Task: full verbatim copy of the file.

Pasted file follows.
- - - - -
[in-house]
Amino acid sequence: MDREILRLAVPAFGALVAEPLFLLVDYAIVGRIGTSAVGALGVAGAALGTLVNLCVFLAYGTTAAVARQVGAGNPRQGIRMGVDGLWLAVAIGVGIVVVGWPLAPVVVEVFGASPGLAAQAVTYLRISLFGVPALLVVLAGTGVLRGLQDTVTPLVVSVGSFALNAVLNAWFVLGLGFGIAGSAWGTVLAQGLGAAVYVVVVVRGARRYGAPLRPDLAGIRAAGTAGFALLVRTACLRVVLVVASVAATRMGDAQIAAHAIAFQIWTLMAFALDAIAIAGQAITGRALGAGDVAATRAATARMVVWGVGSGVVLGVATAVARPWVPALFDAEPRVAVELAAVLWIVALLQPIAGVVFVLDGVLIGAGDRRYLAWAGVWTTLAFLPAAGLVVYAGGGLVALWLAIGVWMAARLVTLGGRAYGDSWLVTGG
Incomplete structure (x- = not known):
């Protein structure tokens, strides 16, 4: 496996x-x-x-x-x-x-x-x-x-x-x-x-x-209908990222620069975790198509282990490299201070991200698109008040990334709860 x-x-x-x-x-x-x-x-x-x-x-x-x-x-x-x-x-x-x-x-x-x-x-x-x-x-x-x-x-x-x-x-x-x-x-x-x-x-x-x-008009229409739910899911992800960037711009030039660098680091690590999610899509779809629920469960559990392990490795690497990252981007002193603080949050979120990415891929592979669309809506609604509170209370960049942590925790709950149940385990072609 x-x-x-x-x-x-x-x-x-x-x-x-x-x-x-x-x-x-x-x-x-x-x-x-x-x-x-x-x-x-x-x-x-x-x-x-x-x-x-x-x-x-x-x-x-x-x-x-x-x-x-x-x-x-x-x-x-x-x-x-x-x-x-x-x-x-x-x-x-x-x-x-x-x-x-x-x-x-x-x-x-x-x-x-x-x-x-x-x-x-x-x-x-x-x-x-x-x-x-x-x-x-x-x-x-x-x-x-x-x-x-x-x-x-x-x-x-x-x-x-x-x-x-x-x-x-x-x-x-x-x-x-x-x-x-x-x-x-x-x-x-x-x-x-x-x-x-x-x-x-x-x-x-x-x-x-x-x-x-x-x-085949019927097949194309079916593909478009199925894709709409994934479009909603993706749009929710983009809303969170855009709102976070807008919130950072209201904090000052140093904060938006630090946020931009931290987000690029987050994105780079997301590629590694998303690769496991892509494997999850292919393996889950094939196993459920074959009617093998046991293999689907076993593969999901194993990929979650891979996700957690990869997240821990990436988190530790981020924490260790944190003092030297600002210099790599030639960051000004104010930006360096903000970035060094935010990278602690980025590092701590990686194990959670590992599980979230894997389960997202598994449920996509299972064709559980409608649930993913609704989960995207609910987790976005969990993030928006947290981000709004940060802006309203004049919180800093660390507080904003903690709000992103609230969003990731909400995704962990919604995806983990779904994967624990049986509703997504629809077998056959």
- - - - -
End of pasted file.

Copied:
[in-house]
Amino acid sequence: MDREILRLAVPAFGALVAEPLFLLVDYAIVGRIGTSAVGALGVAGAALGTLVNLCVFLAYGTTAAVARQVGAGNPRQGIRMGVDGLWLAVAIGVGIVVVGWPLAPVVVEVFGASPGLAAQAVTYLRISLFGVPALLVVLAGTGVLRGLQDTVTPLVVSVGSFALNAVLNAWFVLGLGFGIAGSAWGTVLAQGLGAAVYVVVVVRGARRYGAPLRPDLAGIRAAGTAGFALLVRTACLRVVLVVASVAATRMGDAQIAAHAIAFQIWTLMAFALDAIAIAGQAITGRALGAGDVAATRAATARMVVWGVGSGVVLGVATAVARPWVPALFDAEPRVAVELAAVLWIVALLQPIAGVVFVLDGVLIGAGDRRYLAWAGVWTTLAFLPAAGLVVYAGGGLVALWLAIGVWMAARLVTLGGRAYGDSWLVTGG
Incomplete structure (x- = not known):
């Protein structure tokens, strides 16, 4: 496996x-x-x-x-x-x-x-x-x-x-x-x-x-209908990222620069975790198509282990490299201070991200698109008040990334709860 x-x-x-x-x-x-x-x-x-x-x-x-x-x-x-x-x-x-x-x-x-x-x-x-x-x-x-x-x-x-x-x-x-x-x-x-x-x-x-x-008009229409739910899911992800960037711009030039660098680091690590999610899509779809629920469960559990392990490795690497990252981007002193603080949050979120990415891929592979669309809506609604509170209370960049942590925790709950149940385990072609 x-x-x-x-x-x-x-x-x-x-x-x-x-x-x-x-x-x-x-x-x-x-x-x-x-x-x-x-x-x-x-x-x-x-x-x-x-x-x-x-x-x-x-x-x-x-x-x-x-x-x-x-x-x-x-x-x-x-x-x-x-x-x-x-x-x-x-x-x-x-x-x-x-x-x-x-x-x-x-x-x-x-x-x-x-x-x-x-x-x-x-x-x-x-x-x-x-x-x-x-x-x-x-x-x-x-x-x-x-x-x-x-x-x-x-x-x-x-x-x-x-x-x-x-x-x-x-x-x-x-x-x-x-x-x-x-x-x-x-x-x-x-x-x-x-x-x-x-x-x-x-x-x-x-x-x-x-x-x-x-x-085949019927097949194309079916593909478009199925894709709409994934479009909603993706749009929710983009809303969170855009709102976070807008919130950072209201904090000052140093904060938006630090946020931009931290987000690029987050994105780079997301590629590694998303690769496991892509494997999850292919393996889950094939196993459920074959009617093998046991293999689907076993593969999901194993990929979650891979996700957690990869997240821990990436988190530790981020924490260790944190003092030297600002210099790599030639960051000004104010930006360096903000970035060094935010990278602690980025590092701590990686194990959670590992599980979230894997389960997202598994449920996509299972064709559980409608649930993913609704989960995207609910987790976005969990993030928006947290981000709004940060802006309203004049919180800093660390507080904003903690709000992103609230969003990731909400995704962990919604995806983990779904994967624990049986509703997504629809077998056959």